According to Golem’s chronometer, it was almost six. The building wrecker waldos were due—we had to get out.

There wasn’t much hope for the scavenged data but I-Golem checked the Coffin anyway. As I’d suspected, they were so much worthless debris, bent and broken. Man, was Vetch going to be pissed. He hated losing salvage.

I-Golem emptied the Coffin, put the old man inside, and slid the Coffin onto Golem’s back. Then I-Golem and the old man headed for the nearest support cable.

A failed scavenge, a failed rescue, and Melissa off fucking some strange man for spending money in the middle of a hurricane. All in all, not a good night.

The A.I. Storybundle is live, but only for eight more days until April 20, 2017! Explore Artificial Intelligence and how A.I. will affect the future in Aristoi by Walter Jon Williams, The Bohr Maker by Linda Nagata, Arachne by Lisa Mason, Rewired: The Post-Cyberpunk Anthology, edited by John Kessel and James Patrick Kelly with stories by William Gibson, Bruce Sterling, Pat Cadigan, and others, Queen City Jazz by Kathleen Ann Goonan, Eye Candy by Ryan Schneider, Glass Houses by Laura Mixon, Cyberweb by Lisa Mason, Limit of Vision by Linda Nagata, and The A.I. Chronicles Anthology, edited by Samuel Peralta. Download yours today at https://storybundle.com/ai

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Chapter 1

Just past dawn a dead man came floating down the river. The current carried him under the old river-straddling warehouse, where he fetched up against one of the fluff booms Arif had strung between the rotting pilings. Phousita found him when she came to gather the night’s harvest of fluff. He floated facedown. His head had wedged under the fluff boom; his long black hair swayed like a silk veil in the current.

Phousita glanced nervously overhead. The trapdoor that opened onto the main floor of the abandoned warehouse hung open. She debated with herself a moment. It would be so easy to slip into the water, ease the dead man’s body off the boom and guide him back into the current before Arif discovered he was here. She would never have to worry about who he might have been or what bitter spirits still haunted his flesh. Let someone else farther down the river have him!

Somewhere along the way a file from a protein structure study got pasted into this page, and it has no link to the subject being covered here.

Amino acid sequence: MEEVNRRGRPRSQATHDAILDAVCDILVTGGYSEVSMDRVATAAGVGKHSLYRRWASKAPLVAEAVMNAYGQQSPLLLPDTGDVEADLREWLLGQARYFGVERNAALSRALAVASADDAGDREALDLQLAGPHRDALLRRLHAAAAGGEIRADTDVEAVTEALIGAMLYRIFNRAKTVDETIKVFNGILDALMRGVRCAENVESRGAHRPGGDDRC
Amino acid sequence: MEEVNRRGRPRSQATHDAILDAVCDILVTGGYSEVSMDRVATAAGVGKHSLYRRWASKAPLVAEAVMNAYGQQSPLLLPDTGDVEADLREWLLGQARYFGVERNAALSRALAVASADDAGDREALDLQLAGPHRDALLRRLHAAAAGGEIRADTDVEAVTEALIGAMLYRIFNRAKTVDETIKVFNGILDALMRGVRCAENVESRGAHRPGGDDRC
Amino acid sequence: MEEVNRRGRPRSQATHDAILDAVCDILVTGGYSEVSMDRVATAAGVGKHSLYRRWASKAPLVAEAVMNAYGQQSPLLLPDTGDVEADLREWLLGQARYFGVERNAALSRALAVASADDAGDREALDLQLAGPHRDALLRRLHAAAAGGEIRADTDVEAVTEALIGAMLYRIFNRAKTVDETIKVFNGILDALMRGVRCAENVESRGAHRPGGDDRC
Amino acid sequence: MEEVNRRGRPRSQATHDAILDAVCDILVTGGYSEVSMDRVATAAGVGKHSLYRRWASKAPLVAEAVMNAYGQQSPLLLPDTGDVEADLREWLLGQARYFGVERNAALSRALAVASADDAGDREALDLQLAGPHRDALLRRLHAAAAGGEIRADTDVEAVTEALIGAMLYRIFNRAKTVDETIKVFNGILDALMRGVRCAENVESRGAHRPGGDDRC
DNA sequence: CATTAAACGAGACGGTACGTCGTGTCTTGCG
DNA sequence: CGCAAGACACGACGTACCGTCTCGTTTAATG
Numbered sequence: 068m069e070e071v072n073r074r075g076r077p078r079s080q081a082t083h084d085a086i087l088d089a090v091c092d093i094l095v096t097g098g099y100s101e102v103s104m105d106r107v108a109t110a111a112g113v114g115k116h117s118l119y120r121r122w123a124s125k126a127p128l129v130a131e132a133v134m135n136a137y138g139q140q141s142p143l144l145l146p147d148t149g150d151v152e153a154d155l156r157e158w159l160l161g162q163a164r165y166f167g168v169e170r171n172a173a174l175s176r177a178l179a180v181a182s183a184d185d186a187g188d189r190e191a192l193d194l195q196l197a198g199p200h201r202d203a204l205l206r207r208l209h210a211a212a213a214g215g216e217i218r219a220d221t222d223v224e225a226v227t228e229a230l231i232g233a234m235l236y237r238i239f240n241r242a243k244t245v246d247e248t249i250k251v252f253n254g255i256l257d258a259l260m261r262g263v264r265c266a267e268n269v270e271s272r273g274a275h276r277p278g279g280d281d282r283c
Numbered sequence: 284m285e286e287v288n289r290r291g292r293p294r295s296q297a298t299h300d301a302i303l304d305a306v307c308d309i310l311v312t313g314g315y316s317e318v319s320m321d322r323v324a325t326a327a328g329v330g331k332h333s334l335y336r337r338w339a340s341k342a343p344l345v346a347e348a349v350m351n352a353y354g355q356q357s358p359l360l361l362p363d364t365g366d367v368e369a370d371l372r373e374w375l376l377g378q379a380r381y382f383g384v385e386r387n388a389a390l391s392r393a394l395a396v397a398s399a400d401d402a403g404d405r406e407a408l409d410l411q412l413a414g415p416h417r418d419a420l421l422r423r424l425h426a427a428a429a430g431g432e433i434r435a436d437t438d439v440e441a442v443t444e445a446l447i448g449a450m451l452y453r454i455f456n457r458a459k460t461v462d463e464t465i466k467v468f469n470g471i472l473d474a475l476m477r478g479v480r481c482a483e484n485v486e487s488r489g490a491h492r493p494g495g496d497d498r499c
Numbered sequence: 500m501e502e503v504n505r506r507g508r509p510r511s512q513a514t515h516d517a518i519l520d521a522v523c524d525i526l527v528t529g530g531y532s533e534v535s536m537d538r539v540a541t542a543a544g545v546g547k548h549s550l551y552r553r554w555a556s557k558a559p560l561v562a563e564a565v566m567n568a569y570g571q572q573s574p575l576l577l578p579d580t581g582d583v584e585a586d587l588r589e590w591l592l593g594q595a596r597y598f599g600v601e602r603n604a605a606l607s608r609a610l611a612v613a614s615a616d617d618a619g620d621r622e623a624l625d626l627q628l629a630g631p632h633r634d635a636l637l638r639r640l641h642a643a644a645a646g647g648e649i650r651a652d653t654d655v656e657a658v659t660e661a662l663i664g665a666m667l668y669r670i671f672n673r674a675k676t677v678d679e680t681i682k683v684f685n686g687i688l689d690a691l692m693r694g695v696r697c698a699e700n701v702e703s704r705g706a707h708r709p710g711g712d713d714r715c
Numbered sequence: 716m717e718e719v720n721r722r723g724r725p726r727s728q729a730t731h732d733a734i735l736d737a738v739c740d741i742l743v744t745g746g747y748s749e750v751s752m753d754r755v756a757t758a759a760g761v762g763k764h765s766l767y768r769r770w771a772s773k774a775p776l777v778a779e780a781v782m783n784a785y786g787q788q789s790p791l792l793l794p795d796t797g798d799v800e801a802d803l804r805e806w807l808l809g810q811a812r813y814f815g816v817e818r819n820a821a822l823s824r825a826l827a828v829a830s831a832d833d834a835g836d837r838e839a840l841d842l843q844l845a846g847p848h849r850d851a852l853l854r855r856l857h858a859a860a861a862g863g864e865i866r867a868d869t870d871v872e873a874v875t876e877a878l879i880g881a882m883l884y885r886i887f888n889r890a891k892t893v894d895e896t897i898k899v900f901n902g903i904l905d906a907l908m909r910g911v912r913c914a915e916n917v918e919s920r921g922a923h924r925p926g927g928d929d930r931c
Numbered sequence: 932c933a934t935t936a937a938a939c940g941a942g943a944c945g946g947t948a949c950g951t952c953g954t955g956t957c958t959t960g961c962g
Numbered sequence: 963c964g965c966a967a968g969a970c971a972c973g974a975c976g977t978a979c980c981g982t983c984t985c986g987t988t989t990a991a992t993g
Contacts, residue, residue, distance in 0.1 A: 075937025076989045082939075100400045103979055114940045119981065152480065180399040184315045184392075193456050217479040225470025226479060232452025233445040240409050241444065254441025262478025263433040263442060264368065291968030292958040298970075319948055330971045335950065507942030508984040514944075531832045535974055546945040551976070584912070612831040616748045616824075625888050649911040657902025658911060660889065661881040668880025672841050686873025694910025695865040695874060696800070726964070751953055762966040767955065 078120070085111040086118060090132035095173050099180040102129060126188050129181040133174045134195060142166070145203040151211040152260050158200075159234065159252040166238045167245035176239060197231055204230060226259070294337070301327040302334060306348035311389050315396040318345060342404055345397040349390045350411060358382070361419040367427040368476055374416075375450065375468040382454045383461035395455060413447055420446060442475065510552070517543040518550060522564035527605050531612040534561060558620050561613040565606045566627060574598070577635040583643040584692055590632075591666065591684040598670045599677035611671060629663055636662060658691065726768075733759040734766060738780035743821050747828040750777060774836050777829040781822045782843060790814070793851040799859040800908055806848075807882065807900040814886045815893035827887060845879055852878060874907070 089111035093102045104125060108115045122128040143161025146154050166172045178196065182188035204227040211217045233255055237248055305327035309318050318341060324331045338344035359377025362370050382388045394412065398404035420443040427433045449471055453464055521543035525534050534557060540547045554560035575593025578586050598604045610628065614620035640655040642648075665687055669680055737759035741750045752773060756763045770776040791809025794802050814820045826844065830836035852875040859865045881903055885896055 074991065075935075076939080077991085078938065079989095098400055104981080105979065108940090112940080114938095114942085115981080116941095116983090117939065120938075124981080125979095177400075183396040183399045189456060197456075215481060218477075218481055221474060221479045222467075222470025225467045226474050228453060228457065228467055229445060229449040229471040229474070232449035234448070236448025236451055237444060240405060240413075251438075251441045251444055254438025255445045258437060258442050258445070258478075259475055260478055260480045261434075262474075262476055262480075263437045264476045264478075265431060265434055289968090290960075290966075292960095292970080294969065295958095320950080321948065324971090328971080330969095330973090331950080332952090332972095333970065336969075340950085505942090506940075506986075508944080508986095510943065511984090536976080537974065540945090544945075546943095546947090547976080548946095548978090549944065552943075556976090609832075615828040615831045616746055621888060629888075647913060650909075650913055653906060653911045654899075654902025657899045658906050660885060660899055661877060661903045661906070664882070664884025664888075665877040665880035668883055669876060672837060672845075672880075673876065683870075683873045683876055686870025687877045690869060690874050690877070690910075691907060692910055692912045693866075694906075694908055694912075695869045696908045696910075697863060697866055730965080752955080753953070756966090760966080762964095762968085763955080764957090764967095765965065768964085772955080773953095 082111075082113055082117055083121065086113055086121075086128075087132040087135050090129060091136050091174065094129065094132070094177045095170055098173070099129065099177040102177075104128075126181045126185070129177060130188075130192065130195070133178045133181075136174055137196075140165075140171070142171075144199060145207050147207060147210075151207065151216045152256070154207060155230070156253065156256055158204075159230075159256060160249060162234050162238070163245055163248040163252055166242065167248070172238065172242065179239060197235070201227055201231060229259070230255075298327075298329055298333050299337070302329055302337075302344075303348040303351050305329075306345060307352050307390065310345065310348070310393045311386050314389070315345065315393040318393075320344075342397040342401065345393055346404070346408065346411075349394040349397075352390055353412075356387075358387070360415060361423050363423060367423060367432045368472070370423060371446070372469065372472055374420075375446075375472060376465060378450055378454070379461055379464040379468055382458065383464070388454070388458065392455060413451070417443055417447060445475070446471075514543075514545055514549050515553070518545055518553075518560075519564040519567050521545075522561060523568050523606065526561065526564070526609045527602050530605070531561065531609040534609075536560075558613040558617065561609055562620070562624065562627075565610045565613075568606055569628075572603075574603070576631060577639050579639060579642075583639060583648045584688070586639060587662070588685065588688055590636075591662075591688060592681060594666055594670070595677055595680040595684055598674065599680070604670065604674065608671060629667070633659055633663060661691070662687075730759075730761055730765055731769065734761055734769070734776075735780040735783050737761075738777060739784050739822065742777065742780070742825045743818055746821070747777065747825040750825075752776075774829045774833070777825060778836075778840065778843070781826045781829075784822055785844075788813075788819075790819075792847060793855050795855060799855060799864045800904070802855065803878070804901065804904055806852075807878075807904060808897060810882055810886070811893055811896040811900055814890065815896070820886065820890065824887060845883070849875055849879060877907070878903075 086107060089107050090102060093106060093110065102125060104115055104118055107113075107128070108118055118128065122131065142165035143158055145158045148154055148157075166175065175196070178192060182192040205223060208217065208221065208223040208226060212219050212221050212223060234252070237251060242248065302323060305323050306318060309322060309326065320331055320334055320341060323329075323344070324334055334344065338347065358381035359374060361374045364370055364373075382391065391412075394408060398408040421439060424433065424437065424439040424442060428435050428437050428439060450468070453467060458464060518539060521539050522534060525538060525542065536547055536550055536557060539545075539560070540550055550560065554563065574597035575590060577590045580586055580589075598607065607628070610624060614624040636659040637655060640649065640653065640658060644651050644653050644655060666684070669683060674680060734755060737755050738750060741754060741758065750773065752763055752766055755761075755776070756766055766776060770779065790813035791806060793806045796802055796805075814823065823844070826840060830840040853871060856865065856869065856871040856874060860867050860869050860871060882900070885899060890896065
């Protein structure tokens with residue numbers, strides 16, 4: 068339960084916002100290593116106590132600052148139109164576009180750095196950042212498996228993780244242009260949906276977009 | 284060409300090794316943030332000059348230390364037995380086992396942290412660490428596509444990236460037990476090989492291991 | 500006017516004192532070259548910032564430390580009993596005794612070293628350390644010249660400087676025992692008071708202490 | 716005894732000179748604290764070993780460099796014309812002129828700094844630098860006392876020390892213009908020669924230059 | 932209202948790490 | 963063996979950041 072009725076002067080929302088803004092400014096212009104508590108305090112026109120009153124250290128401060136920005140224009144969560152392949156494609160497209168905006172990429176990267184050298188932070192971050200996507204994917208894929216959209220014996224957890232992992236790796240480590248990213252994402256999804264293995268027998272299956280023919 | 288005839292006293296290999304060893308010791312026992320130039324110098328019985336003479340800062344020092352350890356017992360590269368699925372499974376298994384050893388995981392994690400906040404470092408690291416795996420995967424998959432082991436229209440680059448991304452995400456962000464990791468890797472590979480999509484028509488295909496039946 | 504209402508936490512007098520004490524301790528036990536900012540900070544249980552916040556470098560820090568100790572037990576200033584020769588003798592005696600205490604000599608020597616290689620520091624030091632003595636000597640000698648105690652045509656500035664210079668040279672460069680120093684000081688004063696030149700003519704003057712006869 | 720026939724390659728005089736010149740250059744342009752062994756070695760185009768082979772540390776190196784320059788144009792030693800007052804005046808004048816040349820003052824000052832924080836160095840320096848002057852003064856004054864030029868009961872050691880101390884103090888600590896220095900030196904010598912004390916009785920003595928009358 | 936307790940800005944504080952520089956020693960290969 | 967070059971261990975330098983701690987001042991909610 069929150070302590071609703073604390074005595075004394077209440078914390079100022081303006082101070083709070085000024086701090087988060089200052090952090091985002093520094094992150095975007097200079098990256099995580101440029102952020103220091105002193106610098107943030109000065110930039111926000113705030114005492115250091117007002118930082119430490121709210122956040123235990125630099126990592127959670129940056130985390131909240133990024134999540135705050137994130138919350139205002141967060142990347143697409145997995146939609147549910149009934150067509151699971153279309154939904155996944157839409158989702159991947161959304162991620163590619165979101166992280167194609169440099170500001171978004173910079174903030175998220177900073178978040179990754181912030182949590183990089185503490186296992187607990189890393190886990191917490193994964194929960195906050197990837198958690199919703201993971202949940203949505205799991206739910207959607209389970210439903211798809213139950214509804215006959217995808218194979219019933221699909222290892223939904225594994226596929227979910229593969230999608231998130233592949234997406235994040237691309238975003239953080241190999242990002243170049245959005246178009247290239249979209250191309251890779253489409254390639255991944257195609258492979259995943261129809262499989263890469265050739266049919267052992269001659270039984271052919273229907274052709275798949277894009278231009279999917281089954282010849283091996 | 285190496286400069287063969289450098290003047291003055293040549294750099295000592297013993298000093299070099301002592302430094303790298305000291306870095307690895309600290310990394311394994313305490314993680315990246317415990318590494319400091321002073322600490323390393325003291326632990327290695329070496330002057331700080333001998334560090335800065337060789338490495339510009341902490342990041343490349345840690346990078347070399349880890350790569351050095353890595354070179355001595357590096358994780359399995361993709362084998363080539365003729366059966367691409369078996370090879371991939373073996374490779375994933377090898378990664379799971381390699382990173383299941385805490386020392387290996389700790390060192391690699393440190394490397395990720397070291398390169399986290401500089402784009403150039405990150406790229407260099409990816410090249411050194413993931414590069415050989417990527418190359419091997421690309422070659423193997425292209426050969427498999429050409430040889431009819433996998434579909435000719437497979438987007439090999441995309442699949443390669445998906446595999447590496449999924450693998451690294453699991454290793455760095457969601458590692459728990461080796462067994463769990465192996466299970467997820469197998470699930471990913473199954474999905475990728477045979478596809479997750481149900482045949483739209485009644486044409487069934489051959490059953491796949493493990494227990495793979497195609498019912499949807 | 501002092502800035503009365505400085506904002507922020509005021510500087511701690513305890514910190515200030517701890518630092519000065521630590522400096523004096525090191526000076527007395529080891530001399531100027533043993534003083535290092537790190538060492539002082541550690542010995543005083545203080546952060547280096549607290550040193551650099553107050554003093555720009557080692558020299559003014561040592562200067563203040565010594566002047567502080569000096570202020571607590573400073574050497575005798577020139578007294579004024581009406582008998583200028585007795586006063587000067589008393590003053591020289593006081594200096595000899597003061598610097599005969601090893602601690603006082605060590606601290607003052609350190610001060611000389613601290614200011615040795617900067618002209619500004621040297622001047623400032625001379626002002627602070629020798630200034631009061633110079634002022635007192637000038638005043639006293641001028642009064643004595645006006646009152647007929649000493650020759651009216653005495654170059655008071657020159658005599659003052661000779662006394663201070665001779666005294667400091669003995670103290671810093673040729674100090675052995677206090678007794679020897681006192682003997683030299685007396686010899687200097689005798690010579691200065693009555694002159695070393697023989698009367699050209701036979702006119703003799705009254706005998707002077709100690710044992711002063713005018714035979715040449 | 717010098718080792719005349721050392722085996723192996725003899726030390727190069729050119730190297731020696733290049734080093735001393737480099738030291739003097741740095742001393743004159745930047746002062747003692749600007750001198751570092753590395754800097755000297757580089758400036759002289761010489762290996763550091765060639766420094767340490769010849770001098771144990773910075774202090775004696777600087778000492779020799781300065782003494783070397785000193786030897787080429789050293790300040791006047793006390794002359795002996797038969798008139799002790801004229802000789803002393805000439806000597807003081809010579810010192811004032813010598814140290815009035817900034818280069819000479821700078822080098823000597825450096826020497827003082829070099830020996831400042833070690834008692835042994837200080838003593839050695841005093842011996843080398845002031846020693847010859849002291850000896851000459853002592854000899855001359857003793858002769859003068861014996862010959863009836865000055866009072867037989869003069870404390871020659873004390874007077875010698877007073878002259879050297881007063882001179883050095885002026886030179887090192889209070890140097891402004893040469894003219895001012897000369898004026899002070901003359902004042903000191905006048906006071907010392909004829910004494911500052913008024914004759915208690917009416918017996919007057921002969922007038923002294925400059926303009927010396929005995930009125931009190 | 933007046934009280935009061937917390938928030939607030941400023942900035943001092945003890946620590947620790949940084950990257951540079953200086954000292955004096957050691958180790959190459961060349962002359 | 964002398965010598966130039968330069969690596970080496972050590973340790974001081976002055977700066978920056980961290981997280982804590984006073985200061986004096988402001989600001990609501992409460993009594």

But her conscience wouldn’t let her do it. Even in the dusky light under the river warehouse she could tell he’d been a wealthy man. Such fine clothes! And he might have money on him, jewels. The clan was hungry. She glanced again at the trapdoor. “Sumiati,” she called softly.

The termite-eaten floorboards creaked, then Sumiati peered through the door. She had an empty bucket in her hands, ready to pass it to Phousita. “So fast today! Did you fill the first bucket already? It’s about time our catch improved!” Her dark eyes widened when she saw the body. She sucked in a little breath of surprise. “Phousita, he’s still got his clothes! Hold him! Don’t let the current take tuan away. I’ll come down. Look how beautiful his robe is. Oh, do you think we’re the first to find him?” She put the bucket down, then turned to climb through the trapdoor, moving awkwardly as she bent over her pregnant belly. She hung for a moment from the insulated wire rope, looking like some rare, ripe fruit. Then she dropped gracefully to the narrow metal plank that Arif had lashed between the pilings. It shivered under the impact.

Phousita reached out a hand to steady her. Sumiati was a small woman, but even beside her, Phousita was tiny. She stood no taller than a petite child of seven or eight, though she was nearly twenty-five years old. Despite her size, her body was that of a woman: slender and beautifully proportioned, endowed with ample breasts and rounded hips, but on a scale that seemed unnaturally small. With her pretty round face, her dark eyes, and her thick black hair carefully coiled at the nape of her neck, she might have been a diminutive spirit out of some forgotten mythology.